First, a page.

This was my second wedding cake. I baked a last minute funfetti mini cake for my sister's wedding. (By "last minute," I mean I flew home two nights before the wedding with a cake stand and sprinkles in my carry-on, put it all together the morning of the wedding, and scribbled a decorative rainbow pennant flag with crayons right beforehand. I told myself I was a good little sister for ensuring they would eat cake, but never again.) For Pete and Abi's wedding, I went with a lemon yellow cake that was super delicious and everything I love in a cake: dense, moist, not overwhelming. I topped each layer with Maine blueberry preserves, and decided to use American buttercream because it's simple, sturdy, and more stable than its lighter (and superior, in my opinion) cousins, Swiss and Italian. My main consideration with frosting was keeping it stable and un-melting, as it was going to sit outside on a hot summer day. A few things went awry as they are oft to do. Overall, I loved the process so much that I am almost willing to offer my unprofessional (dare I call it down home?) cake baking services for your next low key affair. Emphasis on low key. 




Last summer, still fresh to our farm roles, we took in four baby goats. If you've been reading our blog since then (and to that point, if you have: wow, and thank you), you know that we raised them for meat. You saw their faces, and maybe you felt something personally—positive or negative—about our decision. They were our pets for a time, but their roles in our lives always carried more weight. We have a catalog of memories to do with Satchmo, Smithers, Dill and Tuna — from bottle feeding each one while we renovated and outfitted a home on wheels, to weeping in each other's arms at midnight after petting and uttering words of consolation to Satchmo and Smithers as they died of illness. My fondest memories are of winter, when Dill and Tuna were fluffy with winter coats, and seemed to love nothing more than to show off their incredible jumping skills, going so far as to use our legs as catapulting props in their obstacle courses.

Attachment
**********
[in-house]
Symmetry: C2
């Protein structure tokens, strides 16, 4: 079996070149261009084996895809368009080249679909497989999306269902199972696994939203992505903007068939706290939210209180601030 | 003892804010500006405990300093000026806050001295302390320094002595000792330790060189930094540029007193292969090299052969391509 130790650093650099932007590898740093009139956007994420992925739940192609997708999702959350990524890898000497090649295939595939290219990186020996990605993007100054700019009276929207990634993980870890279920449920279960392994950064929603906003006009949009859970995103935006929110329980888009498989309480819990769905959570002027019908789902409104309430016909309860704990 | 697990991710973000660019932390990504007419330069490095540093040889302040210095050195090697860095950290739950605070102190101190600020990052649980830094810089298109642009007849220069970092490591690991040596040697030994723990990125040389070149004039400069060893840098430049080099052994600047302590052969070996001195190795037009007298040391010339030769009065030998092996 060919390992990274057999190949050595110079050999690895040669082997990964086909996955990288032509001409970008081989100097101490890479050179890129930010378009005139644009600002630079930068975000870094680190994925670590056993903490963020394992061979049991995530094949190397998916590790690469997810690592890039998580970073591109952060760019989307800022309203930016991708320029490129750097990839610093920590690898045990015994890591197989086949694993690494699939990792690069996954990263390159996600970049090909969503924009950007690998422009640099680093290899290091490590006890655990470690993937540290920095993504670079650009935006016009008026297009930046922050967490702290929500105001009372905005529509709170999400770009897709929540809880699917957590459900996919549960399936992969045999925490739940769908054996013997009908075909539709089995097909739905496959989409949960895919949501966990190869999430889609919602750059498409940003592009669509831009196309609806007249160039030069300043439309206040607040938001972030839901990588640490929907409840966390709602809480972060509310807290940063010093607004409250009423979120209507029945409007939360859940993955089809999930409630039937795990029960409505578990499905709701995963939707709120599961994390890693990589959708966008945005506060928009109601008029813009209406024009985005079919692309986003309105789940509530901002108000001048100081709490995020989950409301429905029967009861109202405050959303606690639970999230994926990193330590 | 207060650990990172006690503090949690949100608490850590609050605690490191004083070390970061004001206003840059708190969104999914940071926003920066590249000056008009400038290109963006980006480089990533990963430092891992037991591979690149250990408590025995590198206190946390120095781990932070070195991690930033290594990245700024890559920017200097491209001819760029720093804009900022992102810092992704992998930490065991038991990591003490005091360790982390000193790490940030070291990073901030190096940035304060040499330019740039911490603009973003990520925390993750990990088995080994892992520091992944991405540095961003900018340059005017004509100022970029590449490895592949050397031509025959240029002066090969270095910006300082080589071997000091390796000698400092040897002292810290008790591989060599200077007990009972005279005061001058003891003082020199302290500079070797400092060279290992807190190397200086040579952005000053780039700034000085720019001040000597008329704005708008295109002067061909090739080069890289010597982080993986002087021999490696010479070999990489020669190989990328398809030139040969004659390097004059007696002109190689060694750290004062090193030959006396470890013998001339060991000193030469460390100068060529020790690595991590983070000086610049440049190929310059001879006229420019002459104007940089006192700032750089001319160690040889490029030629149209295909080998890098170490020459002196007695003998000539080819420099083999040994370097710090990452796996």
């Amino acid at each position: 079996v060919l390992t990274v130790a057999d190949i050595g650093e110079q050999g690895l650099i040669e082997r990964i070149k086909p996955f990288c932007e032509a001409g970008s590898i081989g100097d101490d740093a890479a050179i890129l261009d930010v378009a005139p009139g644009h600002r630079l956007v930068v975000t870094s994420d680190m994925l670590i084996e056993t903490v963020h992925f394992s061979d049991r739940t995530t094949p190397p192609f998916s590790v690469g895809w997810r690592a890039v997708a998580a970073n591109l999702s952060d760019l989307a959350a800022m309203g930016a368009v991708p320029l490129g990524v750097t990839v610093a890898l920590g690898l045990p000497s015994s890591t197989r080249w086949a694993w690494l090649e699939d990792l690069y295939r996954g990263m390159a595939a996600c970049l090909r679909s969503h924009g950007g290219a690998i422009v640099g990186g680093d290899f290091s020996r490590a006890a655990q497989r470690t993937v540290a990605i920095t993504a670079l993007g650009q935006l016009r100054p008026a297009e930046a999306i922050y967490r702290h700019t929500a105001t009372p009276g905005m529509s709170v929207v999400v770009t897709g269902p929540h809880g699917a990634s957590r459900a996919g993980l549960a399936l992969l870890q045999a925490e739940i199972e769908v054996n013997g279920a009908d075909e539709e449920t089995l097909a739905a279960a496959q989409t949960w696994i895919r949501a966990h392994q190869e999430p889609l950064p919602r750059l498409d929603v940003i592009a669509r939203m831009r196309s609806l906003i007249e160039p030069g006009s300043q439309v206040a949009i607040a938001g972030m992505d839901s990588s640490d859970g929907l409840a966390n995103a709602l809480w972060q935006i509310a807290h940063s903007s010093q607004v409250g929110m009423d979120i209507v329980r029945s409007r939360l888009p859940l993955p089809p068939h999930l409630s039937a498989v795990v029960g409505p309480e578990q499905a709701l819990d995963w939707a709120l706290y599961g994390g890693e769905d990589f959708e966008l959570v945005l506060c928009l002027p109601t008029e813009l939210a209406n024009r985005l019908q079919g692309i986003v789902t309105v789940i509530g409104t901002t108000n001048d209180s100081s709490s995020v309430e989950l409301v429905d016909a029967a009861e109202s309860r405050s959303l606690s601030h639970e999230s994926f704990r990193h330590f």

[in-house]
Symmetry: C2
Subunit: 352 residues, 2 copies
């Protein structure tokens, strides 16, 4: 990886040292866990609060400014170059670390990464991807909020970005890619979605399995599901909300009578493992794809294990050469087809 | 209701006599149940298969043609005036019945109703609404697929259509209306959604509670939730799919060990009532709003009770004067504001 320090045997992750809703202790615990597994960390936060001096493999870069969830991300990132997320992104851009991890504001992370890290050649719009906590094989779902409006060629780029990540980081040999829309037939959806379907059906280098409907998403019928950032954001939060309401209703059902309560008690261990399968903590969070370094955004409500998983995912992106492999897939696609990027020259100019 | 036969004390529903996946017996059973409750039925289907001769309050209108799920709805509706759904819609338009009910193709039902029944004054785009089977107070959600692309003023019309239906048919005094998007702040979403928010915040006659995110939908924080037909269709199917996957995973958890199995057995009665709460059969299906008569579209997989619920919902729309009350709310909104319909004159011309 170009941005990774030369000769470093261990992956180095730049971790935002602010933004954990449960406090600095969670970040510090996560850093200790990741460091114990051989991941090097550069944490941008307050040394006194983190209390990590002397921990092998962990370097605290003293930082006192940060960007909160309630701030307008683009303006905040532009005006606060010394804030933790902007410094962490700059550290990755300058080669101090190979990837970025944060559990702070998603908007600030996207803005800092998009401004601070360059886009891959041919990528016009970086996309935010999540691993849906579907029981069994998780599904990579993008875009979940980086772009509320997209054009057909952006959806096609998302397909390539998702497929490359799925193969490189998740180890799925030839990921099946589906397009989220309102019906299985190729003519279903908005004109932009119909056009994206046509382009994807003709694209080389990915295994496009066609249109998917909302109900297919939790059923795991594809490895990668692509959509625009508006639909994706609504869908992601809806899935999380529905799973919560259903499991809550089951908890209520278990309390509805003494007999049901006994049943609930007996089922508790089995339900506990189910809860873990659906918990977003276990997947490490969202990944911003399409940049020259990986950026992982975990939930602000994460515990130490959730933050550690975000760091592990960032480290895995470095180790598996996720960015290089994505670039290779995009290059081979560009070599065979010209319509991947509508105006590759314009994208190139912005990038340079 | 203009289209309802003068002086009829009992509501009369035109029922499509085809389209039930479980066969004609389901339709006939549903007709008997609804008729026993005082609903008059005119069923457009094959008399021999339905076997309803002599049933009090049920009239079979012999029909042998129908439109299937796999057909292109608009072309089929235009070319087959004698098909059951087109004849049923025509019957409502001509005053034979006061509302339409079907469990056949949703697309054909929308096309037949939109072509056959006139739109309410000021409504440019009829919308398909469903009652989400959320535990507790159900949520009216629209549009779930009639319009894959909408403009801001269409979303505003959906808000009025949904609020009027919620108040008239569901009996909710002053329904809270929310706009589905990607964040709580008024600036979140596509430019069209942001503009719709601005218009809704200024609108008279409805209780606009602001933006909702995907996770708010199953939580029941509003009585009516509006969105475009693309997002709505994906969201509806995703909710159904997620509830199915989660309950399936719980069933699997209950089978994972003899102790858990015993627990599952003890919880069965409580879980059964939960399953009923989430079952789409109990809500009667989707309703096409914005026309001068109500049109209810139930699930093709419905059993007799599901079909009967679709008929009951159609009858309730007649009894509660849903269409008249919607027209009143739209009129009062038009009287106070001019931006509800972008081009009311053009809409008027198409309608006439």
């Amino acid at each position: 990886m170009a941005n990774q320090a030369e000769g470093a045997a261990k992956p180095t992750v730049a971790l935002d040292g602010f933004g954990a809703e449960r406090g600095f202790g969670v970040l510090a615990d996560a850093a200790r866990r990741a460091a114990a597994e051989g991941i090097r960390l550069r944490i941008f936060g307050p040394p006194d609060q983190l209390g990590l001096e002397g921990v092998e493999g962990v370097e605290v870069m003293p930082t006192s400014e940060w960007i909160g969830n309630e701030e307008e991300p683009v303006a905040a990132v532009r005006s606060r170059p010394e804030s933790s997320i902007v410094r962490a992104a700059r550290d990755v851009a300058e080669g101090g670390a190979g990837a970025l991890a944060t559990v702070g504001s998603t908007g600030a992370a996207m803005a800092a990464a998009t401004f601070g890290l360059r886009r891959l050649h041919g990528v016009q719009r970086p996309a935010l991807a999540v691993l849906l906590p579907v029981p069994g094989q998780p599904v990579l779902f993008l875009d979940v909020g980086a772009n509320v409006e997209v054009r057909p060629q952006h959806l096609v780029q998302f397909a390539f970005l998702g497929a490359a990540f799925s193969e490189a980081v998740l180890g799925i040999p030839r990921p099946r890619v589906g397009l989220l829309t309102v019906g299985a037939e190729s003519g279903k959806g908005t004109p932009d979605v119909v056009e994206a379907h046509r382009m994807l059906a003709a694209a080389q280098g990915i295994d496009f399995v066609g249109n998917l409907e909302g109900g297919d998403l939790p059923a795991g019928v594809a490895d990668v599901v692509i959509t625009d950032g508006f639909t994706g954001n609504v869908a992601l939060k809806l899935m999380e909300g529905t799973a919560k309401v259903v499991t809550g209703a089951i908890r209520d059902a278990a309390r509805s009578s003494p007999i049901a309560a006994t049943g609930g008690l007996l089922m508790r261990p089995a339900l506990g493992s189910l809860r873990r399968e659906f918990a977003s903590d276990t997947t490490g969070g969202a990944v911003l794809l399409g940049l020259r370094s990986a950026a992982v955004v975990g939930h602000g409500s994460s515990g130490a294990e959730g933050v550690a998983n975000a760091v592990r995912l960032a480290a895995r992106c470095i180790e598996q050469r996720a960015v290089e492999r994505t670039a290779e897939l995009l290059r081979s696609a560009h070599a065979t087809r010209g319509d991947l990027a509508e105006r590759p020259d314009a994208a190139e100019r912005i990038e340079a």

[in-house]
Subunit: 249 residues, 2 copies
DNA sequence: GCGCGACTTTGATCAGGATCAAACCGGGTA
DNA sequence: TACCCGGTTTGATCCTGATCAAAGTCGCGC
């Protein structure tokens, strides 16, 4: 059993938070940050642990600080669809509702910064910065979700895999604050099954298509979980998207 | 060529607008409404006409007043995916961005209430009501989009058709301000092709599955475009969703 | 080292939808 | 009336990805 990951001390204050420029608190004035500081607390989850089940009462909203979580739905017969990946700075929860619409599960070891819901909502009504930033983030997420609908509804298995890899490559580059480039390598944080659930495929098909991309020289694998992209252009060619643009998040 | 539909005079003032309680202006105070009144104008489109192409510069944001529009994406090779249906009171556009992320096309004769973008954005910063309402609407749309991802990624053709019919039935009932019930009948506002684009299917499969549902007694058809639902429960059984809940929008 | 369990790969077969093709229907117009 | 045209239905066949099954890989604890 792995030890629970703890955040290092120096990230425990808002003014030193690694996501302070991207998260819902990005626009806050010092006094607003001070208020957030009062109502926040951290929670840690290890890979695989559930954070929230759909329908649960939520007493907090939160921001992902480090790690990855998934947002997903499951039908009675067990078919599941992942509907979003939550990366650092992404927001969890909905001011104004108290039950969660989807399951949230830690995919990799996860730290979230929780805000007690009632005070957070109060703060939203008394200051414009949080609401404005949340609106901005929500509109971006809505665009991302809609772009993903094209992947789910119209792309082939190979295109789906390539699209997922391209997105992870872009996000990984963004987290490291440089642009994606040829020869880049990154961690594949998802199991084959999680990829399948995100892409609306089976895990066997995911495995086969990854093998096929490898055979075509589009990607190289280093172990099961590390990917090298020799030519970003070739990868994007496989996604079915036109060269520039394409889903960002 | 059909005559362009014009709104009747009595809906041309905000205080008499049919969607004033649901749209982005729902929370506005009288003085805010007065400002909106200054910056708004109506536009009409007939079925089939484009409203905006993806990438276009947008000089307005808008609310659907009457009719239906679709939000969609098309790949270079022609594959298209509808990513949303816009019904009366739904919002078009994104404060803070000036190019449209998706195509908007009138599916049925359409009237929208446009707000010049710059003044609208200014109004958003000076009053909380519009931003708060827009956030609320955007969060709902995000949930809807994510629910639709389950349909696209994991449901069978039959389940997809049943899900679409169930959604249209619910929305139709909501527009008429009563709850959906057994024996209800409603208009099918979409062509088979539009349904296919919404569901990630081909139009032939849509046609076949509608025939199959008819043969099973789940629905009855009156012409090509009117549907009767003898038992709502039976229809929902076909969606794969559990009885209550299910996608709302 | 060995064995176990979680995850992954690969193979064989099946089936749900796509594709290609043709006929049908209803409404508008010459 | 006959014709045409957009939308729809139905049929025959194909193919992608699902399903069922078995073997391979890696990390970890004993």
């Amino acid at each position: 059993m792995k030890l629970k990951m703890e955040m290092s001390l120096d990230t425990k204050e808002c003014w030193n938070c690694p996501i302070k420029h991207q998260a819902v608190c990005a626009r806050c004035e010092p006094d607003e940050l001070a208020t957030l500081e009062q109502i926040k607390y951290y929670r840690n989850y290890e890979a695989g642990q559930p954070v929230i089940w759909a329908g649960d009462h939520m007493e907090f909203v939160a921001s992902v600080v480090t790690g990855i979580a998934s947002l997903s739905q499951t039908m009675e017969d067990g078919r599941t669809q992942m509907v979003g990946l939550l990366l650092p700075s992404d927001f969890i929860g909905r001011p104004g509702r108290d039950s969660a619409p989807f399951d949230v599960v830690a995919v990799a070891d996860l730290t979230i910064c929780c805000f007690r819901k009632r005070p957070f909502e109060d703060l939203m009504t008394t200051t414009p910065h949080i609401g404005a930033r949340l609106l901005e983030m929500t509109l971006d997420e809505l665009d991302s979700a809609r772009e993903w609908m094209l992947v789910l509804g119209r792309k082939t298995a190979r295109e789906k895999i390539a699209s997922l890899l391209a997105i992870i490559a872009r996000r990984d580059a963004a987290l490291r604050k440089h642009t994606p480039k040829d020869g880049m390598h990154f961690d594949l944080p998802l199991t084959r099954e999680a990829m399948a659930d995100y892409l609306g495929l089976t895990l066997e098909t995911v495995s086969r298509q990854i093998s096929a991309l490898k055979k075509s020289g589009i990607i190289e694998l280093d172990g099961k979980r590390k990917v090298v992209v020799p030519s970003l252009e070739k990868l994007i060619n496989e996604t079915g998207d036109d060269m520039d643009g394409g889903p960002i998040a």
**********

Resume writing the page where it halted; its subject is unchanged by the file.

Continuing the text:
Winter was an imminent time, as soon their lives would end. We would shortly close the final chapter on this book—a book that taught us so much about love, farming, and how you must, must, must feel the first if you are to be any decent at the second. Processing Dill and Tuna was a very difficult day. We did everything ourselves; they never left the farm. We made an eleventh hour decision to cure their pelts and have them tanned so that we could truly use every single element of their precious bodies. We toured the tannery (the only environmentally responsible tannery in the country) and spoke of our desire to see their pelts treated with care. After six months away we have them back, and how glad I am that we made that eleventh hour decision. I am proud of us, and I am grateful to Dill and Tuna. Mark and I witnessed life and participated in death, and made ourselves a part of every step in between.

Their pelts are not objects of interior decoration; they are not show pieces to be mounted and admired; they are not luxurious furs. Their pelts are a reminder of what animals can and do provide for us every day; they are warmth for when it is needed; they are utilitarian and natural; they are here because they worked, and so did we, to symbiotically give and take from one another.

Mark and I have deeply appreciated the support, and even the opposition, we experienced during this first journey in raising animals for meat. This was a learning experience — and a deeply moving one — that we hope you were able to experience in some capacity alongside us. Whether you strongly agree or vehemently disagree with our approach to farming and our choice to eat meat, we hope you respect our transparency and our desire to steward both land and animal with dignity.